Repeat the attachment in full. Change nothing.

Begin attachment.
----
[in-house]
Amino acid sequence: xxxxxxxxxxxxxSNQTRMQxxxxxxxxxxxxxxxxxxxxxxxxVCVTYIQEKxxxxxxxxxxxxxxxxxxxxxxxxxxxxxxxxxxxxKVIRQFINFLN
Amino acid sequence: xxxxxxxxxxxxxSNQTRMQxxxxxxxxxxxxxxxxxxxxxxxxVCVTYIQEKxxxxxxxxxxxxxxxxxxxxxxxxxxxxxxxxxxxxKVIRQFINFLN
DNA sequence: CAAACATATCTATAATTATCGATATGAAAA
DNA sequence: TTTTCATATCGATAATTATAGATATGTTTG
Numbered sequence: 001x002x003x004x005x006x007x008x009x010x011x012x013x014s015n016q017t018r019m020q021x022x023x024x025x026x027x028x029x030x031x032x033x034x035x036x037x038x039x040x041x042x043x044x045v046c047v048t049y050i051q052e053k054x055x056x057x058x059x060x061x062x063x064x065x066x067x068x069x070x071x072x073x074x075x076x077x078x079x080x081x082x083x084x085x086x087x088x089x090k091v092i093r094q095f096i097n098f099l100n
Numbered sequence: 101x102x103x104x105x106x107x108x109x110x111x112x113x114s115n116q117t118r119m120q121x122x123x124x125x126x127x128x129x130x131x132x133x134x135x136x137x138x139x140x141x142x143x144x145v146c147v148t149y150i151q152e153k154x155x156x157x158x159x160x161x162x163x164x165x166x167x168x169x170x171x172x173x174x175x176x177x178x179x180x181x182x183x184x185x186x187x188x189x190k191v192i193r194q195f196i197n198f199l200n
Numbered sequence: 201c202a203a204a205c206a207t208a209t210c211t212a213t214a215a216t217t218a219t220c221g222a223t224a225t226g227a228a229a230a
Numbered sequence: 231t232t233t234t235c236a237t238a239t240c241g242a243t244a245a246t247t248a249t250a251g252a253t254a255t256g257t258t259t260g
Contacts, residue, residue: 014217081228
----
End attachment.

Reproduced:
[in-house]
Amino acid sequence: xxxxxxxxxxxxxSNQTRMQxxxxxxxxxxxxxxxxxxxxxxxxVCVTYIQEKxxxxxxxxxxxxxxxxxxxxxxxxxxxxxxxxxxxxKVIRQFINFLN
Amino acid sequence: xxxxxxxxxxxxxSNQTRMQxxxxxxxxxxxxxxxxxxxxxxxxVCVTYIQEKxxxxxxxxxxxxxxxxxxxxxxxxxxxxxxxxxxxxKVIRQFINFLN
DNA sequence: CAAACATATCTATAATTATCGATATGAAAA
DNA sequence: TTTTCATATCGATAATTATAGATATGTTTG
Numbered sequence: 001x002x003x004x005x006x007x008x009x010x011x012x013x014s015n016q017t018r019m020q021x022x023x024x025x026x027x028x029x030x031x032x033x034x035x036x037x038x039x040x041x042x043x044x045v046c047v048t049y050i051q052e053k054x055x056x057x058x059x060x061x062x063x064x065x066x067x068x069x070x071x072x073x074x075x076x077x078x079x080x081x082x083x084x085x086x087x088x089x090k091v092i093r094q095f096i097n098f099l100n
Numbered sequence: 101x102x103x104x105x106x107x108x109x110x111x112x113x114s115n116q117t118r119m120q121x122x123x124x125x126x127x128x129x130x131x132x133x134x135x136x137x138x139x140x141x142x143x144x145v146c147v148t149y150i151q152e153k154x155x156x157x158x159x160x161x162x163x164x165x166x167x168x169x170x171x172x173x174x175x176x177x178x179x180x181x182x183x184x185x186x187x188x189x190k191v192i193r194q195f196i197n198f199l200n
Numbered sequence: 201c202a203a204a205c206a207t208a209t210c211t212a213t214a215a216t217t218a219t220c221g222a223t224a225t226g227a228a229a230a
Numbered sequence: 231t232t233t234t235c236a237t238a239t240c241g242a243t244a245a246t247t248a249t250a251g252a253t254a255t256g257t258t259t260g
Contacts, residue, residue: 014217081228